A two stroke engine completes its power cycle in two piston strokes. The inlet and the compression of charge takes place in first stroke while the combustion and exhaust takes place in the second. It is simple in design and produces more power per unit mass as compared to the four stroke engine. However,  it is less efficient and causes more polution. In these engines the engine oil has to be mixed with fuel for the lubrication of engine components. The burning of the engine oil further increases the pollution level.

    2. Four Stroke Engines


    Classification of Engines Based On number of strokes

    The four stroke engines complete their power cycle in four strokes i.e.

    • Intake 
    • Compression
    • Power 
    • Exhaust
    The crankshaft of the four stroke has to complete two revolutions for each power cycle. They are more complex and produce less power per unit mass. However they cause less pollution as compared to 2 stroke engines.

    Classification Of Engines Based On Type Of Fuel

    1. Petrol Engine

    Petrol engines use Gasoline as fuel. These engines are also called Spark Ignition or SI engines. They require spark plug to ignite the Air-Fuel mixture. These engines are generally smaller and less efficient as compared to petrol engines. However, petrol is a cleaner fuel as compared to diesel and produces lesser amount of Nox on burning.

    2. Diesel Engines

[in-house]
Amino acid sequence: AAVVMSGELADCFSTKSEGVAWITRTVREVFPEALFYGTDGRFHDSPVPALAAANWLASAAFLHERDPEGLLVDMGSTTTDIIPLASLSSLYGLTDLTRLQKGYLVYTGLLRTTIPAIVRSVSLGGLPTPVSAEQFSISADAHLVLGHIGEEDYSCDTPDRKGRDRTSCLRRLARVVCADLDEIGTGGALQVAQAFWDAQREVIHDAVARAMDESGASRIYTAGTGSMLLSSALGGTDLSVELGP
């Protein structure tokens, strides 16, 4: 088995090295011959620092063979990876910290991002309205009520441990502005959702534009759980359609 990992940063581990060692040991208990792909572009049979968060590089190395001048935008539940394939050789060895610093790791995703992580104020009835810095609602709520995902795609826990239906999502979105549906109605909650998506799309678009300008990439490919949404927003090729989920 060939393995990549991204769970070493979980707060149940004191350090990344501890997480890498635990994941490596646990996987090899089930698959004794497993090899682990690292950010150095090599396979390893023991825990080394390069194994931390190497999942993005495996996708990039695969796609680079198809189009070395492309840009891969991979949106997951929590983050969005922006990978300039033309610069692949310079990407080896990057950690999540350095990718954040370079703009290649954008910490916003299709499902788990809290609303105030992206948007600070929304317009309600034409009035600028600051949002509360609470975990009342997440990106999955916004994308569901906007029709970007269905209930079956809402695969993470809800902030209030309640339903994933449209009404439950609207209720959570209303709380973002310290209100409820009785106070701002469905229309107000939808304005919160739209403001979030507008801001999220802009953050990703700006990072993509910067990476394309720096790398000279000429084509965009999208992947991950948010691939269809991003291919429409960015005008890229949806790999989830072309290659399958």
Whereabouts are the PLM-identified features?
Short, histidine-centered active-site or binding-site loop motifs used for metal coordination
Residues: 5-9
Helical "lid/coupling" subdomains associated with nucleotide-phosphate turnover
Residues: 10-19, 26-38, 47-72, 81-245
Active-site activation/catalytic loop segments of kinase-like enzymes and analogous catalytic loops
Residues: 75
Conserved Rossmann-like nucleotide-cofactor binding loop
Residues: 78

Diesel Engines are also known as Compression Ignition or CI engines. These engines do not need any spark plug for ignition. Diesel being less volatile can not form proper Air-Fuel mixture and also it has lower ignition temperature. Hence, in CI engines, self ignition occurs due to  high temperature of compressed air. These engines can work on very high compression ratios and hence are more efficient than the petrol engines. Petrol engines on other hand can not work on high compression ratios. They experience problem of knocking and detonation on increasing their compression ratio.

    3. Gas Engines

    These engines are also spark ignition engines. They use compressed natural gas (CNG) as fuel and require a spark plug for igniting the Air-Fuel mixture. They are efficient and less polluting than the petrol engines. These engines have higher rate of wear and tear as compared to petrol engines as the gaseous fuel can not cause the cooling of combustion chamber. The petrol on other hands evaporates inside combustion chamber and causes cooling effect.


    Classification Of Engines Based on Number of Cylinders

     1. Single Cylinder Engine

    Classification of Engines Based On number of cylinders

    Single Cylinder Engines have only one cylinder and piston arrangement. They are simple in construction and are used generally in motorcycles. The problem with single cylinder engines is that they are not balanced and produce huge vibrations. The piston when changes its direction produces unbalanced inertial forces. Also, power  transfer to the crankshaft is done only during the power stroke, and for the rest strokes engine runs on its own. This uneven power transfer makes these engines unstable. These engines need large  balancing wights on their crankshaft to keep them stable.

    2. Multi Cylinder Engines